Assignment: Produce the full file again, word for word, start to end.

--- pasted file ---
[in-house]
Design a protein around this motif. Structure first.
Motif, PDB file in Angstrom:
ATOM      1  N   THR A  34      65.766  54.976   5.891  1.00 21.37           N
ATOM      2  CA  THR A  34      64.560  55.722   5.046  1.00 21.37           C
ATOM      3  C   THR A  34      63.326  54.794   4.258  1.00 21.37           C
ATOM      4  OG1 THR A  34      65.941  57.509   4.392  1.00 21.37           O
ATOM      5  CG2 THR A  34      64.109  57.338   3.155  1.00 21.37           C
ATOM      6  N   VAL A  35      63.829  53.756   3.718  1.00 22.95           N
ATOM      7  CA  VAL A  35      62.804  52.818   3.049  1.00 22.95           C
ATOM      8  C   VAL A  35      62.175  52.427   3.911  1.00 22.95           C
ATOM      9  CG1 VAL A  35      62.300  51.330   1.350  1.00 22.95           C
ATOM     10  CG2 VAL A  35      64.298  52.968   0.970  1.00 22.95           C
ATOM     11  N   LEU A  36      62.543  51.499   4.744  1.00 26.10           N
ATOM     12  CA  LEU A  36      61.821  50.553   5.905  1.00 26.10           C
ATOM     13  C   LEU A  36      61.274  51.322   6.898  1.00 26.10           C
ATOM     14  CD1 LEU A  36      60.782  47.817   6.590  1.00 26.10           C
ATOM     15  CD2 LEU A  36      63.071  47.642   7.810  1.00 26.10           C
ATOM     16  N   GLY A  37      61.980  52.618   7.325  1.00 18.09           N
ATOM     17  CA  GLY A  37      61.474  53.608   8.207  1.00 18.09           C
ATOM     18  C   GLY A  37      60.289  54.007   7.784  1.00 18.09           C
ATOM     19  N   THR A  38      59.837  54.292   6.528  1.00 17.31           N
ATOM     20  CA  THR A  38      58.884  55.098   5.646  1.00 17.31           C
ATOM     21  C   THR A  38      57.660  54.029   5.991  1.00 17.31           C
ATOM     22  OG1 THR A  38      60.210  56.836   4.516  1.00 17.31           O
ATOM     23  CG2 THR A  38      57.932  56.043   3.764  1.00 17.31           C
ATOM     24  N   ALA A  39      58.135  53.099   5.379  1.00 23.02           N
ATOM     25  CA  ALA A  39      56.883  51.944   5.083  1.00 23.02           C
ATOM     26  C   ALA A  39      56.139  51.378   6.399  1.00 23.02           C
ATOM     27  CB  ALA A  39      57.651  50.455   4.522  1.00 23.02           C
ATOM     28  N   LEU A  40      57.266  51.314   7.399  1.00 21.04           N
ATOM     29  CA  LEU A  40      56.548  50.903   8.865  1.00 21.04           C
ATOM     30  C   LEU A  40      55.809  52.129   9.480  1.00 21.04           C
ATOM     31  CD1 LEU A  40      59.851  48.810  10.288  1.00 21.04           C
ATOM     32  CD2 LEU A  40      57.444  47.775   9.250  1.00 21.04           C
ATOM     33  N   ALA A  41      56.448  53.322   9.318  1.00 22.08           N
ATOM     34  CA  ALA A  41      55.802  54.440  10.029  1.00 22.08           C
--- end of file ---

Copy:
[in-house]
Design a protein around this motif. Structure first.
Motif, PDB file in Angstrom:
ATOM      1  N   THR A  34      65.766  54.976   5.891  1.00 21.37           N
ATOM      2  CA  THR A  34      64.560  55.722   5.046  1.00 21.37           C
ATOM      3  C   THR A  34      63.326  54.794   4.258  1.00 21.37           C
ATOM      4  OG1 THR A  34      65.941  57.509   4.392  1.00 21.37           O
ATOM      5  CG2 THR A  34      64.109  57.338   3.155  1.00 21.37           C
ATOM      6  N   VAL A  35      63.829  53.756   3.718  1.00 22.95           N
ATOM      7  CA  VAL A  35      62.804  52.818   3.049  1.00 22.95           C
ATOM      8  C   VAL A  35      62.175  52.427   3.911  1.00 22.95           C
ATOM      9  CG1 VAL A  35      62.300  51.330   1.350  1.00 22.95           C
ATOM     10  CG2 VAL A  35      64.298  52.968   0.970  1.00 22.95           C
ATOM     11  N   LEU A  36      62.543  51.499   4.744  1.00 26.10           N
ATOM     12  CA  LEU A  36      61.821  50.553   5.905  1.00 26.10           C
ATOM     13  C   LEU A  36      61.274  51.322   6.898  1.00 26.10           C
ATOM     14  CD1 LEU A  36      60.782  47.817   6.590  1.00 26.10           C
ATOM     15  CD2 LEU A  36      63.071  47.642   7.810  1.00 26.10           C
ATOM     16  N   GLY A  37      61.980  52.618   7.325  1.00 18.09           N
ATOM     17  CA  GLY A  37      61.474  53.608   8.207  1.00 18.09           C
ATOM     18  C   GLY A  37      60.289  54.007   7.784  1.00 18.09           C
ATOM     19  N   THR A  38      59.837  54.292   6.528  1.00 17.31           N
ATOM     20  CA  THR A  38      58.884  55.098   5.646  1.00 17.31           C
ATOM     21  C   THR A  38      57.660  54.029   5.991  1.00 17.31           C
ATOM     22  OG1 THR A  38      60.210  56.836   4.516  1.00 17.31           O
ATOM     23  CG2 THR A  38      57.932  56.043   3.764  1.00 17.31           C
ATOM     24  N   ALA A  39      58.135  53.099   5.379  1.00 23.02           N
ATOM     25  CA  ALA A  39      56.883  51.944   5.083  1.00 23.02           C
ATOM     26  C   ALA A  39      56.139  51.378   6.399  1.00 23.02           C
ATOM     27  CB  ALA A  39      57.651  50.455   4.522  1.00 23.02           C
ATOM     28  N   LEU A  40      57.266  51.314   7.399  1.00 21.04           N
ATOM     29  CA  LEU A  40      56.548  50.903   8.865  1.00 21.04           C
ATOM     30  C   LEU A  40      55.809  52.129   9.480  1.00 21.04           C
ATOM     31  CD1 LEU A  40      59.851  48.810  10.288  1.00 21.04           C
ATOM     32  CD2 LEU A  40      57.444  47.775   9.250  1.00 21.04           C
ATOM     33  N   ALA A  41      56.448  53.322   9.318  1.00 22.08           N
ATOM     34  CA  ALA A  41      55.802  54.440  10.029  1.00 22.08           C